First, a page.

A huge portion of the wholesale business comes via body shops. When Barrington started Thunder Mountain he went to the local body shops and quizzed them on their procedure for replacing damaged aftermarket parts.

“Their frustration and lack of knowledge of accessories led us to tell them ‘Let us handle it; we want to be your aftermarket parts department,'” he says. “We provide anything to them that isn’t OEM.”

With some of the body shops Barrington helps write repair estimates, noting that “I go down, and anything that is an aftermarket part I identify and provide replacement parts for. Some of our body shop clients also upsell body repairs with RockerFlares and other accessories, acting as an extension of our retail shop.”

With Cache Valley’s proximity to the great outdoors, seasonality plays a large role in accessory sales.

“Spring months are usually crowded with the Jeep stuff before the Moab Jeep Safari,” Barrington says.” Summer is usually the appearance-accessories months. When we go from summer to rain and snow, mud flaps and splash guards are huge. Right before hunting season people want to get their truck ready to go up into the mountain. And before the snow flies we sell a lot of tonneau covers and fiberglass truck caps. Our tonneau cover months are October and November. We also sell more Century and Leer fiberglass truck caps in September, October and November than we do throughout the rest of the year.”

Growth in sales has been consistent since the firm’s inception. January 2010 compared to January 2009 showed an astounding sales increase of 452%, reflecting the addition of the lift kit/tire/wheel-knowledgeable staff and greater product offerings. There’s been a big investment cost to be able to offer additional tire and wheel products and services to customers, and his shop has worked hard with local car and truck dealerships to swap out tires and wheels on their inventory to keep that new equipment working all day, every day.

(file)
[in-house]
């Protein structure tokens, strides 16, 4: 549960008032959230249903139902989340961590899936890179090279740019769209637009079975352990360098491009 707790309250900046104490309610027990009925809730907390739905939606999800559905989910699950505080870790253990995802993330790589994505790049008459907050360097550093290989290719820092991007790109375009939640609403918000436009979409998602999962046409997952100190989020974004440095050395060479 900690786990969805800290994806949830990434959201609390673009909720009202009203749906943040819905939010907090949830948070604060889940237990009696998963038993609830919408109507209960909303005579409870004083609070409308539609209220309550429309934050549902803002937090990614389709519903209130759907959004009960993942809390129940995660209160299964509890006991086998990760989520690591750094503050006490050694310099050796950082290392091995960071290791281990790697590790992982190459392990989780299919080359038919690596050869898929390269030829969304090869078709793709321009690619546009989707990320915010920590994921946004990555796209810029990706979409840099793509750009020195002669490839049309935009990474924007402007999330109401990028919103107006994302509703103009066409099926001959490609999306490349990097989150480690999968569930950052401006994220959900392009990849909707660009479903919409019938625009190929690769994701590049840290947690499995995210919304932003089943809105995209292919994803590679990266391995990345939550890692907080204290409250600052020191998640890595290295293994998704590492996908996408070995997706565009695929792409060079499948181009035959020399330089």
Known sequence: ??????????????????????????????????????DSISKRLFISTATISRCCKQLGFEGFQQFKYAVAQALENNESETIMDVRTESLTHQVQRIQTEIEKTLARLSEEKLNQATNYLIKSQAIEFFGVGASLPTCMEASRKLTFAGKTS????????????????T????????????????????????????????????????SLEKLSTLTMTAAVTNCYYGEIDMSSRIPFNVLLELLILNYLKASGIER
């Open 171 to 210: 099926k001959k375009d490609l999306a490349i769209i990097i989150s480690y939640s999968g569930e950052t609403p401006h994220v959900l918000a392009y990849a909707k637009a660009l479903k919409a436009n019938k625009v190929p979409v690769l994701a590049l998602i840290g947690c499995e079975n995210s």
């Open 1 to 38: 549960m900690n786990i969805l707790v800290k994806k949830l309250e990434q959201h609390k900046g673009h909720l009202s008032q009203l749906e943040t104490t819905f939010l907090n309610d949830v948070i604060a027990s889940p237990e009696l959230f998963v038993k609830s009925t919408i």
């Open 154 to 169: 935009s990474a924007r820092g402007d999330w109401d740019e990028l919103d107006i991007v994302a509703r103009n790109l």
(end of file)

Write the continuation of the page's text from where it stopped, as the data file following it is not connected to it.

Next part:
Sales growth is also reflected in the mix of vehicles at Thunder Mountain. Barrington reports “Just this week we’re building a custom rear axle for a ’37 Ford, a new grille on a 2010 Chevy Camaro. We had a fire-rescue truck in here and we lifted two Jeeps. So although in name Thunder Mountain Truck Outfitters is limiting, our shop isn’t restricted to just trucks. We’ve had to do a lot of creative marketing to let people know ‘We can do that.'”

Marketing

Barrington is effusive about the Thunder Mountain brand and the local community has embraced his efforts.

“T-shirts and stickers are very big for us. We’ve developed such a culture and such a following that everybody around town wants a Thunder Mountain sticker on their vehicle,” he says. “We print and give out an extraordinary amount of T-shirts and stickers. We provide T-shirts to pretty much anybody who comes into the shop and wants one.”

Other efforts include a lot of radio and some print advertising as well as event sponsorship like school functions, mid-size car shows and county fairs.

“We sponsor about four rodeos a year where we pull an outfitted truck out into the arena and sling-shot T-shirts out into the audience in the stands.”

Fully accessorized company vehicles are a tangible demonstration of Thunder Mountain’s product and service offerings.

“We have two trucks, a 2009 Chevy Silverado 2500 HD and a 2006 GMC Sierra 2500 HD, that we built for SEMA show trucks that we had in our booth for CRE products. We have a third truck, a 2005 Chevy Colorado that is more of a shop delivery truck. We added a 2009 Jeep Wrangler Unlimited [Restyling’s cover vehicle, February 2010 issue] as we’ve gotten more into the rock crawling segment.”

Barrington’s business has evolved since he first identified a viable product that would benefit from wider exposure. Listening to his clients requests and being a part of his community has driven his growth and his success at a time when the automotive market has stalled. This active business management has turned him into a restyling rising star.